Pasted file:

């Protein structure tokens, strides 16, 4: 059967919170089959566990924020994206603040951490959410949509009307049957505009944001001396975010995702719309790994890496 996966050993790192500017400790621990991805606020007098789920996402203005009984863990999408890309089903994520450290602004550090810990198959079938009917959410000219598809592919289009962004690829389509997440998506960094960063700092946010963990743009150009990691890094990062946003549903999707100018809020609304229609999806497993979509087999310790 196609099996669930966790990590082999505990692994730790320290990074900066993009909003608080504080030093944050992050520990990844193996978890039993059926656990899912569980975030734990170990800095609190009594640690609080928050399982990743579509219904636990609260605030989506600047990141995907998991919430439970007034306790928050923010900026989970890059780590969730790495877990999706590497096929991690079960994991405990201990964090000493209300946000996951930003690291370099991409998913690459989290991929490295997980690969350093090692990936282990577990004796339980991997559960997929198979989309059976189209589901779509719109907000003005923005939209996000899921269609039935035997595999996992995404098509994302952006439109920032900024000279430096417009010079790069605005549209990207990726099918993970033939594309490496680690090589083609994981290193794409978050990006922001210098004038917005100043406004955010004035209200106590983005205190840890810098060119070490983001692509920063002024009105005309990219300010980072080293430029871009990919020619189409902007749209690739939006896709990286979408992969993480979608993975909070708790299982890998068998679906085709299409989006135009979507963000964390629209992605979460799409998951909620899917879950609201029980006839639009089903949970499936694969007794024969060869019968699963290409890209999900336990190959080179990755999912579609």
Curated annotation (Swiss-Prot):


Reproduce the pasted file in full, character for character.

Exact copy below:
């Protein structure tokens, strides 16, 4: 059967919170089959566990924020994206603040951490959410949509009307049957505009944001001396975010995702719309790994890496 996966050993790192500017400790621990991805606020007098789920996402203005009984863990999408890309089903994520450290602004550090810990198959079938009917959410000219598809592919289009962004690829389509997440998506960094960063700092946010963990743009150009990691890094990062946003549903999707100018809020609304229609999806497993979509087999310790 196609099996669930966790990590082999505990692994730790320290990074900066993009909003608080504080030093944050992050520990990844193996978890039993059926656990899912569980975030734990170990800095609190009594640690609080928050399982990743579509219904636990609260605030989506600047990141995907998991919430439970007034306790928050923010900026989970890059780590969730790495877990999706590497096929991690079960994991405990201990964090000493209300946000996951930003690291370099991409998913690459989290991929490295997980690969350093090692990936282990577990004796339980991997559960997929198979989309059976189209589901779509719109907000003005923005939209996000899921269609039935035997595999996992995404098509994302952006439109920032900024000279430096417009010079790069605005549209990207990726099918993970033939594309490496680690090589083609994981290193794409978050990006922001210098004038917005100043406004955010004035209200106590983005205190840890810098060119070490983001692509920063002024009105005309990219300010980072080293430029871009990919020619189409902007749209690739939006896709990286979408992969993480979608993975909070708790299982890998068998679906085709299409989006135009979507963000964390629209992605979460799409998951909620899917879950609201029980006839639009089903949970499936694969007794024969060869019968699963290409890209999900336990190959080179990755999912579609």
Curated annotation (Swiss-Prot):